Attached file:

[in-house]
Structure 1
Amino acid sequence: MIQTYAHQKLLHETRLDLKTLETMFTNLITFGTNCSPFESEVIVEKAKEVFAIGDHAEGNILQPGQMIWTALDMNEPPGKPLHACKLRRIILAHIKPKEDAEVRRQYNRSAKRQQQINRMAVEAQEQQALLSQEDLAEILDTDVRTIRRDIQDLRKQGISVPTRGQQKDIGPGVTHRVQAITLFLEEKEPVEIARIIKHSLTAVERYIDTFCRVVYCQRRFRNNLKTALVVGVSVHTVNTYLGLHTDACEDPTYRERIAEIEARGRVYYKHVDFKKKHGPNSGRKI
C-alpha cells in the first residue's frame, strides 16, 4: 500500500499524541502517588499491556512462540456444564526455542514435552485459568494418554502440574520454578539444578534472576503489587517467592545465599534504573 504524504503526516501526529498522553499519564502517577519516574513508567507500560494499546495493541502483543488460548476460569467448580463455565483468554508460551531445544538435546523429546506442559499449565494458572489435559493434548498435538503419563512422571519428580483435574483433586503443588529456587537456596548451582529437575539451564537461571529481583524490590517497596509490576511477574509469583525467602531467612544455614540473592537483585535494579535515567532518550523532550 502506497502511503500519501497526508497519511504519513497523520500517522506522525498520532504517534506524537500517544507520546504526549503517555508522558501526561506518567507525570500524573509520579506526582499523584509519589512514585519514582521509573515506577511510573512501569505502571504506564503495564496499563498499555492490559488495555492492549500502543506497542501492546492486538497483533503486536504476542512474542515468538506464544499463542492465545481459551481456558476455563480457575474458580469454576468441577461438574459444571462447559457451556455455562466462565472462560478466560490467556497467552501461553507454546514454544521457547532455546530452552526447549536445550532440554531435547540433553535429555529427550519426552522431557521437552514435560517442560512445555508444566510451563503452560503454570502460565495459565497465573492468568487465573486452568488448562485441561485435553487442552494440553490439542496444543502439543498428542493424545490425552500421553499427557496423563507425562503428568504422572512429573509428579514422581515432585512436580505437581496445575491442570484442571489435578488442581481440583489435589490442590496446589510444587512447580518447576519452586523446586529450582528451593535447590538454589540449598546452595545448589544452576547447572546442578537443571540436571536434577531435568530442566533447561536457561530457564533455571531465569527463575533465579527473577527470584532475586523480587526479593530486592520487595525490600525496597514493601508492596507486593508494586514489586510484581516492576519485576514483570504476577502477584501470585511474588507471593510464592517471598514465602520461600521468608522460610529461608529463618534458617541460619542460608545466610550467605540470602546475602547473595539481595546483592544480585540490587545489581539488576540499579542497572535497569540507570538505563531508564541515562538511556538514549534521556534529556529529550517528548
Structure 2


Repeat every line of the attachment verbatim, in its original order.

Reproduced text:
[in-house]
Structure 1
Amino acid sequence: MIQTYAHQKLLHETRLDLKTLETMFTNLITFGTNCSPFESEVIVEKAKEVFAIGDHAEGNILQPGQMIWTALDMNEPPGKPLHACKLRRIILAHIKPKEDAEVRRQYNRSAKRQQQINRMAVEAQEQQALLSQEDLAEILDTDVRTIRRDIQDLRKQGISVPTRGQQKDIGPGVTHRVQAITLFLEEKEPVEIARIIKHSLTAVERYIDTFCRVVYCQRRFRNNLKTALVVGVSVHTVNTYLGLHTDACEDPTYRERIAEIEARGRVYYKHVDFKKKHGPNSGRKI
C-alpha cells in the first residue's frame, strides 16, 4: 500500500499524541502517588499491556512462540456444564526455542514435552485459568494418554502440574520454578539444578534472576503489587517467592545465599534504573 504524504503526516501526529498522553499519564502517577519516574513508567507500560494499546495493541502483543488460548476460569467448580463455565483468554508460551531445544538435546523429546506442559499449565494458572489435559493434548498435538503419563512422571519428580483435574483433586503443588529456587537456596548451582529437575539451564537461571529481583524490590517497596509490576511477574509469583525467602531467612544455614540473592537483585535494579535515567532518550523532550 502506497502511503500519501497526508497519511504519513497523520500517522506522525498520532504517534506524537500517544507520546504526549503517555508522558501526561506518567507525570500524573509520579506526582499523584509519589512514585519514582521509573515506577511510573512501569505502571504506564503495564496499563498499555492490559488495555492492549500502543506497542501492546492486538497483533503486536504476542512474542515468538506464544499463542492465545481459551481456558476455563480457575474458580469454576468441577461438574459444571462447559457451556455455562466462565472462560478466560490467556497467552501461553507454546514454544521457547532455546530452552526447549536445550532440554531435547540433553535429555529427550519426552522431557521437552514435560517442560512445555508444566510451563503452560503454570502460565495459565497465573492468568487465573486452568488448562485441561485435553487442552494440553490439542496444543502439543498428542493424545490425552500421553499427557496423563507425562503428568504422572512429573509428579514422581515432585512436580505437581496445575491442570484442571489435578488442581481440583489435589490442590496446589510444587512447580518447576519452586523446586529450582528451593535447590538454589540449598546452595545448589544452576547447572546442578537443571540436571536434577531435568530442566533447561536457561530457564533455571531465569527463575533465579527473577527470584532475586523480587526479593530486592520487595525490600525496597514493601508492596507486593508494586514489586510484581516492576519485576514483570504476577502477584501470585511474588507471593510464592517471598514465602520461600521468608522460610529461608529463618534458617541460619542460608545466610550467605540470602546475602547473595539481595546483592544480585540490587545489581539488576540499579542497572535497569540507570538505563531508564541515562538511556538514549534521556534529556529529550517528548
Structure 2